Consider these tips when planning a farm building project

Photos courtesy of Morton Buildings 0117T1-2046A-1540x800-Recovered.jpg
ROOM FOR EQUIPMENT: If you’re planning to remodel or build new farm outbuildings this year, experts like Dean Taylor, a Morton Buildings consultant, recommend you plan for the larger equipment of the future when you make your design decisions. Giving yourself plenty of room to maneuver equipment into and out of farm shops makes for a more efficient use of your space.
Whether you’re remodeling or building from scratch, planning for future needs is key to your farm shed.

Everyone has that one building on the farm inherited from previous generations that no longer fills the need of the current generation. Almost every farmer has dream designs for the perfect farm outbuilding, if they have the opportunity to remodel or build from scratch.

In 2022, some farmers and ranchers may be able to finally make their dream machine sheds and cattle handling facilities reality. But before farmers go pouring foundations, they should take these considerations into account, according to Dean Taylor, a Morton Buildings sales consultant.

Budget for future

It’s tempting to look at current construction costs and build something smaller, Taylor says. Especially if the last outbuilding on the farm was built decades ago, at a greatly reduced cost. But farmers and livestock producers need to consider the future needs of their operation.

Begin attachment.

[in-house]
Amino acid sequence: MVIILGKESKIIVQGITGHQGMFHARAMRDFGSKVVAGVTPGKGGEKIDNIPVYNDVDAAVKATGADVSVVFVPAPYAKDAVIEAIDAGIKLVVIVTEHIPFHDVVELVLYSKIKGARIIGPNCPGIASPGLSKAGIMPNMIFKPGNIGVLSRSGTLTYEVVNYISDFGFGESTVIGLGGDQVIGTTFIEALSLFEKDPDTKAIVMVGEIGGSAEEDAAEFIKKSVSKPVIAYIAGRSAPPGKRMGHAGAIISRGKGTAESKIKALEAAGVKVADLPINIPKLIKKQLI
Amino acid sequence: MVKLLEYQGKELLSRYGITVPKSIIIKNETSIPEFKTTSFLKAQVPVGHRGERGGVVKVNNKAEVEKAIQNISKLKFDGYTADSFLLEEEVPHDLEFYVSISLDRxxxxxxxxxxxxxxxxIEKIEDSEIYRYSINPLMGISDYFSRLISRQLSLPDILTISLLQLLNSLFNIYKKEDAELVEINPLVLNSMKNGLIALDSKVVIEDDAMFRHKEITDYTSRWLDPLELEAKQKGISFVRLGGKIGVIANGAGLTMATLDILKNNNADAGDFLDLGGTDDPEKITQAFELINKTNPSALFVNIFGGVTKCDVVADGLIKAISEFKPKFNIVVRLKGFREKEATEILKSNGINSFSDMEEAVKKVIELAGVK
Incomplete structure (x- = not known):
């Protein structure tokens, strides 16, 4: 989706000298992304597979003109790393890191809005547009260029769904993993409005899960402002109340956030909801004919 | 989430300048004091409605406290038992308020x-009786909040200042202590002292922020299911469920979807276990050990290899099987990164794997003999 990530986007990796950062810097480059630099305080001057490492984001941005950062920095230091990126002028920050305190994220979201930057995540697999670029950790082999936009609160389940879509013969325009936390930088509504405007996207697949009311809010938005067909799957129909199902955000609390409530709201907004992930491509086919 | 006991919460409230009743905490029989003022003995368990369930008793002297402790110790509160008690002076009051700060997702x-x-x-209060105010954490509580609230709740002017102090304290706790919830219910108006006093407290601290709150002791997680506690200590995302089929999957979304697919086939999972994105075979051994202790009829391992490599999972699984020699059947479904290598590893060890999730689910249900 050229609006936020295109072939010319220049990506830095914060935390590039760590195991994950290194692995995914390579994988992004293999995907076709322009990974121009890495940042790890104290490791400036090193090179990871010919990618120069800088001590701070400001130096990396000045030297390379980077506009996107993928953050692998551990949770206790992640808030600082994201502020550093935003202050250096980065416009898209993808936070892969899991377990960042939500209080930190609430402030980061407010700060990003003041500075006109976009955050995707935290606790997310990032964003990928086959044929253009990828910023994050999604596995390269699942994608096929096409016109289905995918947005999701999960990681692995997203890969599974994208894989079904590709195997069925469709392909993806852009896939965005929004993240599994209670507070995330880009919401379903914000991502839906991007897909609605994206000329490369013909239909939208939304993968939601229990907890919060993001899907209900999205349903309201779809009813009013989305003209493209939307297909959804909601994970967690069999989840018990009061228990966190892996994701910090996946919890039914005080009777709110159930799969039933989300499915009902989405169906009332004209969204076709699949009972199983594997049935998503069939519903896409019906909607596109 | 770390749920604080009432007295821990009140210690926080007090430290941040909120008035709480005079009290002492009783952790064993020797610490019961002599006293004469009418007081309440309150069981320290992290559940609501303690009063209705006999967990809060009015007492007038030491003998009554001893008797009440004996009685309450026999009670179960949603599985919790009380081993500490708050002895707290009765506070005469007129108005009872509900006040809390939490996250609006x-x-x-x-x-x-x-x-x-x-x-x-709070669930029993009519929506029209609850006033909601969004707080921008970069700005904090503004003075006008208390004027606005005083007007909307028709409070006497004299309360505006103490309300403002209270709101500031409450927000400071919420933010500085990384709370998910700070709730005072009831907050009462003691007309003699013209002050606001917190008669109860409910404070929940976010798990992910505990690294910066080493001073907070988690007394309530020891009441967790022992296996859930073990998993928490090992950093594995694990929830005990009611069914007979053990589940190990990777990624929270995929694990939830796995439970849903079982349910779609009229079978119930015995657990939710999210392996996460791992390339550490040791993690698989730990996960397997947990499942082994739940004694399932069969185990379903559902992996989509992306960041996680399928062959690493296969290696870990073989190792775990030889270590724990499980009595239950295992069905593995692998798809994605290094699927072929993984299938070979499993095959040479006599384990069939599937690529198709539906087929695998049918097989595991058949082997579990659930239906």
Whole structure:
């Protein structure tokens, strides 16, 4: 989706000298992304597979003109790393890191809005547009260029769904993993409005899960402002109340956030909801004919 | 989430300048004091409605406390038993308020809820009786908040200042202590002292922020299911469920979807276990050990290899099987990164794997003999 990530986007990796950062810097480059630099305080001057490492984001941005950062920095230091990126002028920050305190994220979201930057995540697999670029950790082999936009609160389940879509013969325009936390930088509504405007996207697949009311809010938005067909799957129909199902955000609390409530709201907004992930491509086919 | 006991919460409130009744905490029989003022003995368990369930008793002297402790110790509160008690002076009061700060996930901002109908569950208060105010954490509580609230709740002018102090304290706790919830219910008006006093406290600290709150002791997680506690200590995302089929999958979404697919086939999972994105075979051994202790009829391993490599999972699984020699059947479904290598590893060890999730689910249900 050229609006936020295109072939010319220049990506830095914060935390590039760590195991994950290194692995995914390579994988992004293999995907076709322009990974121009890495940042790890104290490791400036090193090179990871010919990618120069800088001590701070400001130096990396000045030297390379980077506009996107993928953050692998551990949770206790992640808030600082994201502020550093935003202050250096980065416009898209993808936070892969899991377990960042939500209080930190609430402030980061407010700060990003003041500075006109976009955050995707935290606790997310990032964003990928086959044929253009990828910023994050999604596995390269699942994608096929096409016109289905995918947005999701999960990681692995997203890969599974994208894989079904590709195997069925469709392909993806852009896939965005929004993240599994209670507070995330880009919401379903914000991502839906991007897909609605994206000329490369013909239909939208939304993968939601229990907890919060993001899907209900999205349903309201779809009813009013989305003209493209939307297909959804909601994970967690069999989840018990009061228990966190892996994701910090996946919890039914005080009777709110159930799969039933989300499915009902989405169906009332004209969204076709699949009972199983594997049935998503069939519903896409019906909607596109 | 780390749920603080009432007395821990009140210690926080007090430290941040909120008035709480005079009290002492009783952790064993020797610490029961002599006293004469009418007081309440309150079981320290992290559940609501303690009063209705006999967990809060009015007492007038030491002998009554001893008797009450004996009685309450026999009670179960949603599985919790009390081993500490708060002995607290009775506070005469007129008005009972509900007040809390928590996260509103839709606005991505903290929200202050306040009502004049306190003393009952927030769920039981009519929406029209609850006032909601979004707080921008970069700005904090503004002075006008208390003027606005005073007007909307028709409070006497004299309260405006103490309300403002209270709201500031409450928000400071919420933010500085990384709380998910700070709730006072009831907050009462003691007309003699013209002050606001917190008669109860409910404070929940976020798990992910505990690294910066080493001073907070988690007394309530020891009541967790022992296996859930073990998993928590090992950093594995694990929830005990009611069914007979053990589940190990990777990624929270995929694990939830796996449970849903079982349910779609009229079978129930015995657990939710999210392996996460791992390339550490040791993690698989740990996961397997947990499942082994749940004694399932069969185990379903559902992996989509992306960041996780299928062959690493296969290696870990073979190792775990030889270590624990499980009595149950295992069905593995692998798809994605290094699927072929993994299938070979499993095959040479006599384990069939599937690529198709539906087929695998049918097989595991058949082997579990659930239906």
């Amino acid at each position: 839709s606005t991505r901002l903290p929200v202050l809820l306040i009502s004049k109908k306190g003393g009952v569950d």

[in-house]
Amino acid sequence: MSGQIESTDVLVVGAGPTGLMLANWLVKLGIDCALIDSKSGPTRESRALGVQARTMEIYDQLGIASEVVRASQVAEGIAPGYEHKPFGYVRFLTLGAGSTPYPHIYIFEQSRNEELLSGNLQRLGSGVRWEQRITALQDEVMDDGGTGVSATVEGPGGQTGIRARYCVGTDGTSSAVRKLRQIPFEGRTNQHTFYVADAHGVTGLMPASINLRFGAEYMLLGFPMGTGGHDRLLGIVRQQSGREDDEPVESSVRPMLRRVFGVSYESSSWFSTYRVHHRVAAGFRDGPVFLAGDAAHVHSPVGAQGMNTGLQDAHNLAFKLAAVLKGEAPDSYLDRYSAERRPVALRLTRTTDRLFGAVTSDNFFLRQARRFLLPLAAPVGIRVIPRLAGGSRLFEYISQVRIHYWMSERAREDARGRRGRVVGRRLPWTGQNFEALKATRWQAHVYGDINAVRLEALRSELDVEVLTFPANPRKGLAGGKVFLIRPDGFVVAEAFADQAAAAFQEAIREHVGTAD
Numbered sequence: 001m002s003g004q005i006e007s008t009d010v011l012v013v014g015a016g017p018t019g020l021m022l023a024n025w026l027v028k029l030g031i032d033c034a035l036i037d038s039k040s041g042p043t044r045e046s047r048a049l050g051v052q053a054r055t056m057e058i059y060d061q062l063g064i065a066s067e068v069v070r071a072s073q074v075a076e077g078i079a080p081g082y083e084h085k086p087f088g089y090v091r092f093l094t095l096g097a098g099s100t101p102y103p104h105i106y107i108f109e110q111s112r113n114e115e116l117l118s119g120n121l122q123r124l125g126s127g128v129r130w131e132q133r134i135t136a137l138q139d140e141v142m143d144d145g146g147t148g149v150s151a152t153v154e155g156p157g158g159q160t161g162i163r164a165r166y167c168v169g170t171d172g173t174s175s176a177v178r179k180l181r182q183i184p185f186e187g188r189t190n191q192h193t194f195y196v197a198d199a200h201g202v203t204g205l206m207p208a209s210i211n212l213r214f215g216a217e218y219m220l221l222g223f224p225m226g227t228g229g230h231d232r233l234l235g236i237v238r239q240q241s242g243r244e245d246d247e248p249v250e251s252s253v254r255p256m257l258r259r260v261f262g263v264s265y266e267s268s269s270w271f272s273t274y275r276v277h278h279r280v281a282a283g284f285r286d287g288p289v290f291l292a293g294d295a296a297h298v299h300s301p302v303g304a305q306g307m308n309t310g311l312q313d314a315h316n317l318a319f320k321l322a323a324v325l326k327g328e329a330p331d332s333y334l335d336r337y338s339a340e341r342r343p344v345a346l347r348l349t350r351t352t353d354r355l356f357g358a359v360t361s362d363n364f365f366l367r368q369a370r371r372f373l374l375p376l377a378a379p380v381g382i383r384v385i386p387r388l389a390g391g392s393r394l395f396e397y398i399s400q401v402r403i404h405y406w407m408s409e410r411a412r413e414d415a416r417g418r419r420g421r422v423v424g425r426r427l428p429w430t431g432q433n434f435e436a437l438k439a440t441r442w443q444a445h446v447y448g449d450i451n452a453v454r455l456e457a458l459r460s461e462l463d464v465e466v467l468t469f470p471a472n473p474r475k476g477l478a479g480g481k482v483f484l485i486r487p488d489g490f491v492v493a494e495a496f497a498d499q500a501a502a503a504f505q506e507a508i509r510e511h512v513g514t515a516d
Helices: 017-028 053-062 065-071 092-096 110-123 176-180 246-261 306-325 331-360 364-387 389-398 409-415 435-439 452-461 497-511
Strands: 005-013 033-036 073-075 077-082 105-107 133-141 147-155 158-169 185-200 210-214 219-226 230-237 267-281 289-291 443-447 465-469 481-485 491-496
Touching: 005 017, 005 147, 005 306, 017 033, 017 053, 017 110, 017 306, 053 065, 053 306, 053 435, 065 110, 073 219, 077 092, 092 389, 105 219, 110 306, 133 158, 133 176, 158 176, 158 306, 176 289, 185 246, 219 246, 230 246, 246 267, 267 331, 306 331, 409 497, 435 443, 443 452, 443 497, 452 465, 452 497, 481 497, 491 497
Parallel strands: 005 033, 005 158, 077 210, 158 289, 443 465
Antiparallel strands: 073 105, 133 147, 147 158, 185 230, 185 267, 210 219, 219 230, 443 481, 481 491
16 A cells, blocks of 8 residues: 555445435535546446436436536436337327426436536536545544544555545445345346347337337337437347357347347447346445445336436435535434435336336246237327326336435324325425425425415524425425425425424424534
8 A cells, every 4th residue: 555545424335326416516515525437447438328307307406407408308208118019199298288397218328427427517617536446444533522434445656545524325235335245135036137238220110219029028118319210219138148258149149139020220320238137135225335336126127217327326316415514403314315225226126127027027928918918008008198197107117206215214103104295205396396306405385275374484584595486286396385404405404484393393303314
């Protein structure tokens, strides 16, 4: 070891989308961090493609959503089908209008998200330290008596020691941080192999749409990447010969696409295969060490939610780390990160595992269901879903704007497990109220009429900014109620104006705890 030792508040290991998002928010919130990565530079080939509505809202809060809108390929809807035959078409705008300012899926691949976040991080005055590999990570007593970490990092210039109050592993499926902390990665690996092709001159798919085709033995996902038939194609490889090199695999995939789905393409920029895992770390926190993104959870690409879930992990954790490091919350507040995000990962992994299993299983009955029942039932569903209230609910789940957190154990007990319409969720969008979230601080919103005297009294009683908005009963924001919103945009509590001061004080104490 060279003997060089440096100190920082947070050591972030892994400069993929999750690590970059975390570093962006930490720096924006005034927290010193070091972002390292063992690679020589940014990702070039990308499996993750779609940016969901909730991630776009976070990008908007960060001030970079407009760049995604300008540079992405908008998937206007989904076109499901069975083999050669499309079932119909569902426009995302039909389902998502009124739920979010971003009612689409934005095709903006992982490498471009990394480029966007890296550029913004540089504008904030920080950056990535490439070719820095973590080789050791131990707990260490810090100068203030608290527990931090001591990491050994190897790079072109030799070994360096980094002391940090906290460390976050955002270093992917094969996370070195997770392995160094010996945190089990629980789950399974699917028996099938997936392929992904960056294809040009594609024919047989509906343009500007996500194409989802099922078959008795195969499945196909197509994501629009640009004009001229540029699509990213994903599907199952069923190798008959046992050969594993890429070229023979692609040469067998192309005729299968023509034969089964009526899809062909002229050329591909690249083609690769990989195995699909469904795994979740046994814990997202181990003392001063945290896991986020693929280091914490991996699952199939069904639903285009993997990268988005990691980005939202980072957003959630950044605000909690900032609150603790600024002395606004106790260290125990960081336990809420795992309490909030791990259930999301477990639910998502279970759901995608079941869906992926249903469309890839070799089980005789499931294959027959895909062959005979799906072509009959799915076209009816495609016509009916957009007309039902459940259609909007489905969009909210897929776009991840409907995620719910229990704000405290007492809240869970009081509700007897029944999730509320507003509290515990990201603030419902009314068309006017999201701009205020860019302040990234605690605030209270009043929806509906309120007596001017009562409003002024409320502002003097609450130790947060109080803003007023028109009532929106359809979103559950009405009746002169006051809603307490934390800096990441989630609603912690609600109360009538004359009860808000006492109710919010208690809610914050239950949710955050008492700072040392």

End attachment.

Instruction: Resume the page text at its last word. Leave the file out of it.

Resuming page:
0117T1-2046B-1540x800-Recovered.jpgFARM TRAFFIC: Dean Taylor, a Morton Buildings consultant, also advises farmers to pay attention to the traffic patterns of their farmyard before settling on a site for their new building. You want to leave yourself enough room to maneuver large equipment safely.

“Costs are continuing to go up,” Taylor says. “So, waiting to build in the future a bigger barn or something like that and just building something small now is probably not the best idea. It’s just going to cost more another five years from now.

While you might be able to get by with a smaller machine shed, for example, how will you maneuver that larger planter you buy in the future into that smaller shed? Taylor advises building a shop wider and taller than you think you’ll need, so that you can easily house and work on larger equipment in the future.

Related: New report offers farm shop insight

Design

Other key design considerations include:

• Enclosed buildings. Enclosed buildings not only offer more security for machinery, but they also keep expensive equipment cleaner for better trade-in value. Post-frame buildings with sidewalls are more structurally sound than an open-sided shed or lean-to structure in high winds, Taylor says.

• Engineering standards. Following the International Building Codes for your area means your building should be better positioned to withstand natural disasters like high winds.

• Data connectivity. Machinery shops often need good internet connections to pull up equipment repair manuals, research parts orders, and even connect wirelessly to service providers. Wiring the shop with fiber optic and adding cellphone boosters can help with that.